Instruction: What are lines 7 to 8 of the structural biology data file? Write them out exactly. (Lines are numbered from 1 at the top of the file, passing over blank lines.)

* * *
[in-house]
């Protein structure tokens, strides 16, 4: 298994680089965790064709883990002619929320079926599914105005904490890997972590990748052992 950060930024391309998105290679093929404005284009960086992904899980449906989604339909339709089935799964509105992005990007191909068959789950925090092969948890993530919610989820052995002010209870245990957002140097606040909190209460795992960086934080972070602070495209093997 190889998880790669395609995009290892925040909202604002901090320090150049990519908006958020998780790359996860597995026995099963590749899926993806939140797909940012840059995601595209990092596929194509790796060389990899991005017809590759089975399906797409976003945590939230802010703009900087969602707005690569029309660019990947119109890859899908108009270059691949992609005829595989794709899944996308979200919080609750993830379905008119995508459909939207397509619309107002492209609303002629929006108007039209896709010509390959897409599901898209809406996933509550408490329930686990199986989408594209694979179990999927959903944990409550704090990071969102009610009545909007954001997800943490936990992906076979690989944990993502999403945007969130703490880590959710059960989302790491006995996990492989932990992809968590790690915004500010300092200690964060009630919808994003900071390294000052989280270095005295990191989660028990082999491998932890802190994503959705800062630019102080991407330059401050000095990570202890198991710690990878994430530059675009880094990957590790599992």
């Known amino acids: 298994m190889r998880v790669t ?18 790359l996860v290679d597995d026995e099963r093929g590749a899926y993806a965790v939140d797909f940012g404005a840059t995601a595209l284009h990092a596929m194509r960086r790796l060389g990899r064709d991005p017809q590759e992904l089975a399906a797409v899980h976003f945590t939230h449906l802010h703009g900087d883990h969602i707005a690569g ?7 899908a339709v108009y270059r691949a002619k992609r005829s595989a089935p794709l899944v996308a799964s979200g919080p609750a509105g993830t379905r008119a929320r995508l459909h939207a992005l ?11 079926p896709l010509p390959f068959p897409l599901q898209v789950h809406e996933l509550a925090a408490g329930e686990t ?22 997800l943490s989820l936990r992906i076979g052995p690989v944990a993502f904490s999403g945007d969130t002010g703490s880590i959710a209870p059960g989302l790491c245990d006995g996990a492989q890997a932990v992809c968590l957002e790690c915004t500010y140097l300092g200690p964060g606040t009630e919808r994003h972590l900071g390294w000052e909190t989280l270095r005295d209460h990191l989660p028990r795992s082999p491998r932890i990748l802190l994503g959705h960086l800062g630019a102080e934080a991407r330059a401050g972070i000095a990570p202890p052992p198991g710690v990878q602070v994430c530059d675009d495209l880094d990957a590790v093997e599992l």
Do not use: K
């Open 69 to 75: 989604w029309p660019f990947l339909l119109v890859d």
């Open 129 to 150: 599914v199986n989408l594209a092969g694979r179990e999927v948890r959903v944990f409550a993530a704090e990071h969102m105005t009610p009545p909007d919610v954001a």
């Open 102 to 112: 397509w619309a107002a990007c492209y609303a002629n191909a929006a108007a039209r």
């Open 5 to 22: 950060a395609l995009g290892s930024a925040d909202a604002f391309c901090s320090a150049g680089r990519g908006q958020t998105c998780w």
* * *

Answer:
């Open 102 to 112: 397509w619309a107002a990007c492209y609303a002629n191909a929006a108007a039209r």
């Open 5 to 22: 950060a395609l995009g290892s930024a925040d909202a604002f391309c901090s320090a150049g680089r990519g908006q958020t998105c998780w």